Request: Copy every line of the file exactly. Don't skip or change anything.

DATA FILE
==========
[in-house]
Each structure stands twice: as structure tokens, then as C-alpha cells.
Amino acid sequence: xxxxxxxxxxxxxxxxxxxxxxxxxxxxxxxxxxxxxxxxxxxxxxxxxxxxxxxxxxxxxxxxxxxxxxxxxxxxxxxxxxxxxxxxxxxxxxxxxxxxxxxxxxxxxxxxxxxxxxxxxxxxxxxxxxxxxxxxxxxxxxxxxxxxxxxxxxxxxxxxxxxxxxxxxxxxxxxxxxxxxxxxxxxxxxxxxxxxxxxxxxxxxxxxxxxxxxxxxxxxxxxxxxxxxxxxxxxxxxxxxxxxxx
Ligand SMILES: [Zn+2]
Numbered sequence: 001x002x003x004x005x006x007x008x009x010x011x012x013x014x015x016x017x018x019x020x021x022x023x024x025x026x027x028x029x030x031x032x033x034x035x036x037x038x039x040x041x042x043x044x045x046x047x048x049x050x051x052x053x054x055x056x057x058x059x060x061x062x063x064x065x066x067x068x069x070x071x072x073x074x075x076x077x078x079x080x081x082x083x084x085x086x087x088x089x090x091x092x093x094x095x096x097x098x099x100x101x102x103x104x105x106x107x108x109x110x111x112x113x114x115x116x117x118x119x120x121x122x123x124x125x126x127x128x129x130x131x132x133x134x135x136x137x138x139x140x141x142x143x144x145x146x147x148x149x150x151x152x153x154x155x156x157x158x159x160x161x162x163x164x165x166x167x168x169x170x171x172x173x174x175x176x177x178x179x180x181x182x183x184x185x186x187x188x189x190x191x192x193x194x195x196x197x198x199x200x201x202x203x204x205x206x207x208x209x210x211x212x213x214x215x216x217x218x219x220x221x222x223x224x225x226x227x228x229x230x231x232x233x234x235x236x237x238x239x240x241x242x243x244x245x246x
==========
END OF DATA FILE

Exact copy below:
[in-house]
Each structure stands twice: as structure tokens, then as C-alpha cells.
Amino acid sequence: xxxxxxxxxxxxxxxxxxxxxxxxxxxxxxxxxxxxxxxxxxxxxxxxxxxxxxxxxxxxxxxxxxxxxxxxxxxxxxxxxxxxxxxxxxxxxxxxxxxxxxxxxxxxxxxxxxxxxxxxxxxxxxxxxxxxxxxxxxxxxxxxxxxxxxxxxxxxxxxxxxxxxxxxxxxxxxxxxxxxxxxxxxxxxxxxxxxxxxxxxxxxxxxxxxxxxxxxxxxxxxxxxxxxxxxxxxxxxxxxxxxxxx
Ligand SMILES: [Zn+2]
Numbered sequence: 001x002x003x004x005x006x007x008x009x010x011x012x013x014x015x016x017x018x019x020x021x022x023x024x025x026x027x028x029x030x031x032x033x034x035x036x037x038x039x040x041x042x043x044x045x046x047x048x049x050x051x052x053x054x055x056x057x058x059x060x061x062x063x064x065x066x067x068x069x070x071x072x073x074x075x076x077x078x079x080x081x082x083x084x085x086x087x088x089x090x091x092x093x094x095x096x097x098x099x100x101x102x103x104x105x106x107x108x109x110x111x112x113x114x115x116x117x118x119x120x121x122x123x124x125x126x127x128x129x130x131x132x133x134x135x136x137x138x139x140x141x142x143x144x145x146x147x148x149x150x151x152x153x154x155x156x157x158x159x160x161x162x163x164x165x166x167x168x169x170x171x172x173x174x175x176x177x178x179x180x181x182x183x184x185x186x187x188x189x190x191x192x193x194x195x196x197x198x199x200x201x202x203x204x205x206x207x208x209x210x211x212x213x214x215x216x217x218x219x220x221x222x223x224x225x226x227x228x229x230x231x232x233x234x235x236x237x238x239x240x241x242x243x244x245x246x